Often times, philanthropy is synonymous with charity. Those who are able to contribute will typically donate money to a cause, which usually takes the form of a non-profit organization. Did you know, however, that there are other ways to get involved that deviate from this framework? This is where mutual aid comes in.
Mutual aid puts power in the hands of the people. In times of need, communities take on the responsibility for caring for one another rather than requiring individuals to fend for themselves. This form of organization is volunteer-run, transparent, and driven by the needs of the community members. Mutual aid is a symbiotic relationship where all people offer material goods or assistance to one another.
It’s important to distinguish mutual aid from charity. Under charity, a centralized organization serves as an intermediary between the giving and receiving parties where the recipient is often dependent on a relationship negotiating their access to access to resources. Many charities are funded in part by grants, which, in a sense is money with conditions attached. This money, often coming from wealthy individuals or corporations, comes with the intention to address social problems and serve the needy. As a result, however, it is these same entities that decide what strategies should be funded.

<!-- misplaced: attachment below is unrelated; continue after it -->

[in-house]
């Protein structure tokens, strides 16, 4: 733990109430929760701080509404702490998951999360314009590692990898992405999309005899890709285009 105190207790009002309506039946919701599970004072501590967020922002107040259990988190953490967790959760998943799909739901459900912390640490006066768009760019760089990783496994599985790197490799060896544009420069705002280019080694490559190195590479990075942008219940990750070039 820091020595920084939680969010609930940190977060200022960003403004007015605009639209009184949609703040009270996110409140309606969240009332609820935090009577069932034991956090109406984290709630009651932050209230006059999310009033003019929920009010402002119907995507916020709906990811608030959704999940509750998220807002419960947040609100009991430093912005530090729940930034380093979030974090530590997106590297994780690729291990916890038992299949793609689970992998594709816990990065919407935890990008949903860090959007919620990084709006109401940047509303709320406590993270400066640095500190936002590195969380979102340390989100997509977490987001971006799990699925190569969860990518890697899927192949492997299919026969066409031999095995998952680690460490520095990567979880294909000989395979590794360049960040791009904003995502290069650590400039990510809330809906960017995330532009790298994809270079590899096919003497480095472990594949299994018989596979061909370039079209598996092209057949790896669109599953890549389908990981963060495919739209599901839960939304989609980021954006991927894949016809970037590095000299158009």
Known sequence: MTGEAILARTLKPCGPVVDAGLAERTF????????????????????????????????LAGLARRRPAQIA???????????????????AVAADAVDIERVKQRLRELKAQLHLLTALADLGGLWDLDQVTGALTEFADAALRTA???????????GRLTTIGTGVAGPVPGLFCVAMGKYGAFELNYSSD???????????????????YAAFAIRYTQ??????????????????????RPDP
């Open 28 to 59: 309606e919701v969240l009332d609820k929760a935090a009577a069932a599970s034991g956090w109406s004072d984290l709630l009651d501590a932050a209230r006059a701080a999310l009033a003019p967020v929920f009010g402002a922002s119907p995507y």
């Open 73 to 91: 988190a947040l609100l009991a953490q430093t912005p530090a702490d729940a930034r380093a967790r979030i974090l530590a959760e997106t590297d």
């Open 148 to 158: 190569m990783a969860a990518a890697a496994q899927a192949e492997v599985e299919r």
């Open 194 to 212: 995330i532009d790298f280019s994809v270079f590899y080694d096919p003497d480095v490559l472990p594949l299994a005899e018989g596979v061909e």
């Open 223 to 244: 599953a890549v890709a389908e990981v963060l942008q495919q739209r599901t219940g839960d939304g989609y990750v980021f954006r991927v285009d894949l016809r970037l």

While both charity and mutual aid seek to provide help to those that need it, key differences lie in the underlying structure of both frameworks. Mutual aid builds solidarity by allowing people to work together and participate in shared political education programming. By creating a space where people can come together based on shared need and work closely with those whose experiences differ from their own, mutual aid helps to cultivate solidarity.
Collective care has existed throughout the history of humanity, but in modern times, this is a radical act. Most recently amid America’s climate of political unrest and the coronavirus pandemic, we’ve seen examples of mutual aid in action. Mutual aid funds have been circulating to secure donations and redistribute that money to populations made vulnerable by the economic closures resulting from COVID-19. Communities have organized aid groups by collecting and distributing supplies to at-risk populations such as the homeless and minority communities. As one organizer says, “What we need people to understand is that direct outreach and mutual aid is going to keep you safe.”